#72 (permalink)  
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Jeremy Clarkson was "I came, I swore, I conquered".
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Old 5th Feb 2019, 12:42
  #73 (permalink)  
 
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An interesting Thread.


Having had the advantage of viewing all of this as an 'outsider' about a third of a century ago I found that the biggest 'snobbery' was 'inverted snobbery'; i.e. those who considered themselves not to be 'upper class' had the most disdainful things to say about the those that they perceived to be in those 'upper classes' whereas those 'upper class' people were nowhere near as 'snobbish' about those who were being 'inverted snobs'. (The advantage of being an 'outsider' was that I wasn't 'classified' as belonging to any group and therefore was able to mingle with all equally.) This is, of course, a generalisation and there will always be exceptions, as with all generalisations.


Over that third of a century I have struggled to see the huge 'class divide' that so many speak about here. The most spoken about is the 'Working Classes'. What are the working classes? People who work? I that case barristers, airline pilots and surgeons must all be 'working classes' because they work. (And it can be argued that they often work longer and more anti-social hours and do more high-pressure work than many unskilled workers.) In the modern world there is very little that will hold back anyone with 'get up and go' to do well, regardless of their 'social background' (whatever 'social background' is). I see 'badly behaved parents' as the biggest obstacle to people advancing themselves, and those parents can be found in all 'social backgrounds'.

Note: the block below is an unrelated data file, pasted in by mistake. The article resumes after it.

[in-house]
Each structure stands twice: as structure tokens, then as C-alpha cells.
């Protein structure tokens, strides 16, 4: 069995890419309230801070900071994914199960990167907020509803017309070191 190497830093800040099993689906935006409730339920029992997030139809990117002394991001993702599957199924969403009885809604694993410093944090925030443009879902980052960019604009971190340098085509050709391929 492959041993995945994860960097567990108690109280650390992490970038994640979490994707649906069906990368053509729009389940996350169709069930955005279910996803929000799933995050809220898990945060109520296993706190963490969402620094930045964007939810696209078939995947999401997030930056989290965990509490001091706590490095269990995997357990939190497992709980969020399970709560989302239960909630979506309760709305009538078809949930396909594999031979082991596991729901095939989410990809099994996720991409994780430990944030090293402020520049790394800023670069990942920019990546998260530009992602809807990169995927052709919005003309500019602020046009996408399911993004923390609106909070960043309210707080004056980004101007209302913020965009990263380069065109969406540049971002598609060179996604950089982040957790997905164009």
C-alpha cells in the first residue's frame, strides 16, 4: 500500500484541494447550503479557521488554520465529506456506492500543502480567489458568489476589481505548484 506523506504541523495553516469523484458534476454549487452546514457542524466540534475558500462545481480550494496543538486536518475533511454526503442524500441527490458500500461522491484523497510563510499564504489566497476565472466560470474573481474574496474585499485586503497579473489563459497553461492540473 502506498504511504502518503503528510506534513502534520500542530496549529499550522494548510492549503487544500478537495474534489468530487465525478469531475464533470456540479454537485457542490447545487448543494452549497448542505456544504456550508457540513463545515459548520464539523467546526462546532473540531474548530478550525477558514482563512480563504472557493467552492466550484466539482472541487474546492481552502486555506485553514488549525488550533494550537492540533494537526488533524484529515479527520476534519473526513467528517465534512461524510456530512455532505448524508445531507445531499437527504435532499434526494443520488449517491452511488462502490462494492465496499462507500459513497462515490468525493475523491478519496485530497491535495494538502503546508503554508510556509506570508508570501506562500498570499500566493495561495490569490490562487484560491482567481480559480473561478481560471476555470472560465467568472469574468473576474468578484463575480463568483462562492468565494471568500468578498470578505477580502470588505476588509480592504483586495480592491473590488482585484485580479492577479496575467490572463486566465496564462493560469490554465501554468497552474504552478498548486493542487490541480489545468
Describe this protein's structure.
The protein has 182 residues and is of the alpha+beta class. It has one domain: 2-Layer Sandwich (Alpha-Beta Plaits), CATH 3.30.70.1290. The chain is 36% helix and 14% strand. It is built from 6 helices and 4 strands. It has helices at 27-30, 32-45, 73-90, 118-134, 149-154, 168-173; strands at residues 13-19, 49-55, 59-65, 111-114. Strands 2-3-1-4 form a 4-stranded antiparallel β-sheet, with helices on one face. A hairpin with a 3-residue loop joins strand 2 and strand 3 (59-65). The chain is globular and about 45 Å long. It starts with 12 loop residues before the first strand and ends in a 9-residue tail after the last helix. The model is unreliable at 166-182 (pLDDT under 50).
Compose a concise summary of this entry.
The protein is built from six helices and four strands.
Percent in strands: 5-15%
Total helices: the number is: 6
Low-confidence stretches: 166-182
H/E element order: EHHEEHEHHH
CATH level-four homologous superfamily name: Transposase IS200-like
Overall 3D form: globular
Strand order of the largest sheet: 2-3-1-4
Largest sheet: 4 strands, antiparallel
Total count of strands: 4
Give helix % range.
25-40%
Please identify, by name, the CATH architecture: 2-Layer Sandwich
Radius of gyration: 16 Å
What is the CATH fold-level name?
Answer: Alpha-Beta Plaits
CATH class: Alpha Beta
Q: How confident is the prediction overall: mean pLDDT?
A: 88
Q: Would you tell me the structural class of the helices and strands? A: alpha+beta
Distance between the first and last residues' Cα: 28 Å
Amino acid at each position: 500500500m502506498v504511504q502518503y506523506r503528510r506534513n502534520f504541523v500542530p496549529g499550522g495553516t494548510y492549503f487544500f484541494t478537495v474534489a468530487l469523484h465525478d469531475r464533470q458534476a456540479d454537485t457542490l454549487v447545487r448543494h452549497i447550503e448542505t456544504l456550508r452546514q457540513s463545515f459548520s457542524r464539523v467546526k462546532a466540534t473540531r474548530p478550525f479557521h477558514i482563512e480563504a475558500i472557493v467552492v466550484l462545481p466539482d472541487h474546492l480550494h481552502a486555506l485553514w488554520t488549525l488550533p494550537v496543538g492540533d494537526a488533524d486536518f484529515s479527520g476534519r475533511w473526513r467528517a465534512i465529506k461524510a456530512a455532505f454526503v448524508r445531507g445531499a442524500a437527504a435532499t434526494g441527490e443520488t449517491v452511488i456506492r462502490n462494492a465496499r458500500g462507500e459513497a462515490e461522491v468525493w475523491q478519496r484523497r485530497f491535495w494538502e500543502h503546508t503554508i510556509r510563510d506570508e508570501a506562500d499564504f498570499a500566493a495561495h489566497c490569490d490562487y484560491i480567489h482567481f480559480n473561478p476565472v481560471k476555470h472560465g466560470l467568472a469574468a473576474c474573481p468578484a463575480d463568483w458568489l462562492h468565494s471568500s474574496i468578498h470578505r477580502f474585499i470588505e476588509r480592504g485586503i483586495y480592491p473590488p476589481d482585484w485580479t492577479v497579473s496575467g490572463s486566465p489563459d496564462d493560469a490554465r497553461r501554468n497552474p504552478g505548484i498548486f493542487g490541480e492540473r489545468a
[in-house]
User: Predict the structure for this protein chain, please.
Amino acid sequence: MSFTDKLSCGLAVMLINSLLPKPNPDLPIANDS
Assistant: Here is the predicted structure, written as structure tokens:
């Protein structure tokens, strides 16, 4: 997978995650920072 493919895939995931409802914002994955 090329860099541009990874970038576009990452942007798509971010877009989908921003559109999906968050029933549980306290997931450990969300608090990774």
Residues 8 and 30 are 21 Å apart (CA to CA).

About those "Public School" Boys: there are idiots in all groups in society and probably in roughly equal proportions. And as has been pointed out above, the vast majority are decent people, it's just that the idiots stand out and are noticed. About the schools: there are so many state schools that have dreadful problems with bullying, violence, etc., that it really would be difficult to point accusatorial fingers in any generalised direction. But there are good schools that will build up confidence and ability, as many have pointed out here, and these schools are out there in all 'flavours' ("public"or 'state'). Our offspring ('kids' for those of you who get uppity about such terms!) did very, very well with state schooling. I got chatting to a carpet layer, who had been recommended to me for his good workmanship, who went to the same school and he said that what was good about that school was that they found your abilities then worked on developing them and he had been very happy there. That is a good school.